The film was utter rubbish, to the extent that it held me with my television to watch it – a movie in a South Indian language, dubbed in Hindi – as is the norm on Hindi language movie channels these days.
As happens in one of the main plots of masala films, the hero is an honest government official. He advises villagers, in this case (the movie’s), not to deal with the villain and his gang. The rowdy, ruthless villain, who does illegal things with his illicit empire, however succeeds in duping villagers in connivance with a corrupt justice and a cocky lawyer. `
He buys their land at a low price. The very next day the corrupt judge orders higher prices, the market price which the villain had suppressed from coming into public domain, for the piece of land that makes the villain rich by truckload of money.
Villagers, after hearing the court’s order, feel cheated, and approach the main protagonist, the hero, apologising for ignoring his ‘cautionary remarks’ earlier. After a routine display of friendly displeasure, the hero takes up their case. He files complaint against the villain and the parties involved in this duplicitous land deal.
Obviously, as the plot demands, it unnerves the hooligans involved. They hatch a conspiracy. System is with them – corrupt elements of judiciary and police.
I skipped the movie after it as I had some other work. When I came back, the plot angle showing the ultimate supremacy of the villain was to begin. With a truckload of goons and with system in his pocket, gang of the villain raids the hero’s house. Due to his terror, no one in the village comes forward to help the family.
They chain the hero with a tree in his compound. Ladies of the family are subjected to all heinous crimes possible. Hero’s son and father are made to serve the gang with all their demands, including fetching alcoholic liquor for them.
Days go on, with the hero remain strapped to the tree. His beard goes dense and dishevelled, like his whole countenance has become.
After perpetrating more than enough of their barbarities and inflicting severe humiliation on the family, the gang leaves, believing the hero is more than subdued by this time.
Now, the supremacy of their villainous events end here. The plot needs the final act by the hero – taking revenge – killing all those who are responsible for his family’s condition.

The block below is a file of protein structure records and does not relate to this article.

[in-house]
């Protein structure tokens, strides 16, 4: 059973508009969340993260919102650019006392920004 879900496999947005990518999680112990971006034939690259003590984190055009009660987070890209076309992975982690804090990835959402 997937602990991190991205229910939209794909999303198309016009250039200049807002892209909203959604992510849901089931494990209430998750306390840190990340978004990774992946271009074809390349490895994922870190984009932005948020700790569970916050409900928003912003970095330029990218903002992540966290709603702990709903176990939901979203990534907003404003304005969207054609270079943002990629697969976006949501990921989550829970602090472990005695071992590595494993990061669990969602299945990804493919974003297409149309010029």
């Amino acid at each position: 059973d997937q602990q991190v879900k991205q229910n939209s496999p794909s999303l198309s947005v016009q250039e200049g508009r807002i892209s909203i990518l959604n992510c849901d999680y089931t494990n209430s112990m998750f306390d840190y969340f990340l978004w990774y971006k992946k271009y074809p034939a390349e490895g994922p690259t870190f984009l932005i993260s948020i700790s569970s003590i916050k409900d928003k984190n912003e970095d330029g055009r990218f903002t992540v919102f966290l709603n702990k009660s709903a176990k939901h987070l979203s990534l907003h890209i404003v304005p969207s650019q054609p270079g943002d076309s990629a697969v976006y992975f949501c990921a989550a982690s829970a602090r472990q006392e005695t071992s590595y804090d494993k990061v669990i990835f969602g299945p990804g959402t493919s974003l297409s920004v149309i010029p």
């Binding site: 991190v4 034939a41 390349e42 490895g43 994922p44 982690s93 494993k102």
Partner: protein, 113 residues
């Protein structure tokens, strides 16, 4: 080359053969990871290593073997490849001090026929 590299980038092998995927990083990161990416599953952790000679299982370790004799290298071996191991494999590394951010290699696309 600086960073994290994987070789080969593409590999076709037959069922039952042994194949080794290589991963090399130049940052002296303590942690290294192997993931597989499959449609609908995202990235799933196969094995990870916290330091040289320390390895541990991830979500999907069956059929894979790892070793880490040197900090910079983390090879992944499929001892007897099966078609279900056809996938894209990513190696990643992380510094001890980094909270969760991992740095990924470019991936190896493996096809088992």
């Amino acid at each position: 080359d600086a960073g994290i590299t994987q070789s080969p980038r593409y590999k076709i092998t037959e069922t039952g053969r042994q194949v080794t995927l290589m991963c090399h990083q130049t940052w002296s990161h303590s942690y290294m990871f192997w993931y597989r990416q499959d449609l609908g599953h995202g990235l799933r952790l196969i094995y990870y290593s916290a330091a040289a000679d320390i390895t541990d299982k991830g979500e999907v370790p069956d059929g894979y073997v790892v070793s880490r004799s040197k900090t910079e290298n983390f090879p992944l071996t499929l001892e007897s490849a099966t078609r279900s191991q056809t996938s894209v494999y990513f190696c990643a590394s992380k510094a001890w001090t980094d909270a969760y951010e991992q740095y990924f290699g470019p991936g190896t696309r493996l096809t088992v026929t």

His father unchains him from the tree and after routine emotional expressions (shots), he goes straight on the job. He kills the local policemen who were co-opted by the villain – in open public. He is then shown in a jail as he kills the local police station chief outside a police station. There, a senior police officer, who is with the villain, tries to kill the hero. But the hero beats him and is shown climbing up the straight, plastered wall of the jail. The villainous police officer chases him. He follows him on the wall which the hero is shown climbing like a lizard.
The upper periphery of the wall has iron angles charged with electric current. But the current doesn’t affect the hero – a plot requirement I think – while the villainous policeman, who is trying to grab the hero by pulling him down, is thrown away by its shock. And the hero easily escapes.
There, outside the jail, he meets a good samaritan sort of policeman. After the hero pleads, the righteous policeman is shown allowing him to go on his revenge course.
The final moments of the film’s climax begin here. One by one, the hero kills every member of the villain’s gang behind his family’s devastation. The main villain – as the plot requires – is the last one. And as the plot requires – the hero goes on a killing spree in open – and he is supported by children and adults, including his son.
In the end – as the movie requires, keeping its viewers in mind – the hero goes back to the ‘good samaritan policeman’ to surrender.
And as the plot requires – keeping in mind the sentiments of its audience – the ‘good samaritan policeman’ refuses to ‘arrest the hero and send him to the gallows’.
And as happens with a South Indian movie, the hero is shown possessing superhuman powers in this movie also. He is not show physically beaten even when he stands chained to the tree in his house. He is shown mentally and physically superior and as the plot needs – he is also a powerhouse of emotions – and his course doesn’t follow the basic course of logic.
The audiences need his superiority to win in the end – and as written – he wins.
That is one of the typical South Indian masala flicks based on a ‘revenge plot’.
©/IPR: Santosh Chaubey – https://santoshchaubey.wordpress.com/